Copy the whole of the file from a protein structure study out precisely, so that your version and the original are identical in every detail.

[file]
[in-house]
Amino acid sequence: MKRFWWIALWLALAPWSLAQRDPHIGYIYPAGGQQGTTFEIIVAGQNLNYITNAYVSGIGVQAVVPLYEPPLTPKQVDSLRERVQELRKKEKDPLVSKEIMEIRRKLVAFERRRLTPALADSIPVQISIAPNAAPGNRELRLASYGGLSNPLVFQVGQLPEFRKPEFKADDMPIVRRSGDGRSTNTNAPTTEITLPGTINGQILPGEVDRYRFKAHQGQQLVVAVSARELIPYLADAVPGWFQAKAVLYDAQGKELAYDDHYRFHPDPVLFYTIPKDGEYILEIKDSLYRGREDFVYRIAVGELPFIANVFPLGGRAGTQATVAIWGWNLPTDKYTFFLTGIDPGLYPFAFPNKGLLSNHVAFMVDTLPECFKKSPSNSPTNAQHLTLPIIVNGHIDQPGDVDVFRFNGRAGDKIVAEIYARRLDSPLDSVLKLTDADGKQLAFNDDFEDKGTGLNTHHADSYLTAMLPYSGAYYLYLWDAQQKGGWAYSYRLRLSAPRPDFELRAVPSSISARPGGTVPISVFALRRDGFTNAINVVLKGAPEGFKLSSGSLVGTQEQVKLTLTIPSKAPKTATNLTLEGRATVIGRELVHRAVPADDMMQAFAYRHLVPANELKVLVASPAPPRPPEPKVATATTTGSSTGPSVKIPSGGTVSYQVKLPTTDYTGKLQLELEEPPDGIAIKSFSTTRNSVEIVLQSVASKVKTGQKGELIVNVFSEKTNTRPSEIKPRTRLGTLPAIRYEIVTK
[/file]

[in-house]
Amino acid sequence: MKRFWWIALWLALAPWSLAQRDPHIGYIYPAGGQQGTTFEIIVAGQNLNYITNAYVSGIGVQAVVPLYEPPLTPKQVDSLRERVQELRKKEKDPLVSKEIMEIRRKLVAFERRRLTPALADSIPVQISIAPNAAPGNRELRLASYGGLSNPLVFQVGQLPEFRKPEFKADDMPIVRRSGDGRSTNTNAPTTEITLPGTINGQILPGEVDRYRFKAHQGQQLVVAVSARELIPYLADAVPGWFQAKAVLYDAQGKELAYDDHYRFHPDPVLFYTIPKDGEYILEIKDSLYRGREDFVYRIAVGELPFIANVFPLGGRAGTQATVAIWGWNLPTDKYTFFLTGIDPGLYPFAFPNKGLLSNHVAFMVDTLPECFKKSPSNSPTNAQHLTLPIIVNGHIDQPGDVDVFRFNGRAGDKIVAEIYARRLDSPLDSVLKLTDADGKQLAFNDDFEDKGTGLNTHHADSYLTAMLPYSGAYYLYLWDAQQKGGWAYSYRLRLSAPRPDFELRAVPSSISARPGGTVPISVFALRRDGFTNAINVVLKGAPEGFKLSSGSLVGTQEQVKLTLTIPSKAPKTATNLTLEGRATVIGRELVHRAVPADDMMQAFAYRHLVPANELKVLVASPAPPRPPEPKVATATTTGSSTGPSVKIPSGGTVSYQVKLPTTDYTGKLQLELEEPPDGIAIKSFSTTRNSVEIVLQSVASKVKTGQKGELIVNVFSEKTNTRPSEIKPRTRLGTLPAIRYEIVTK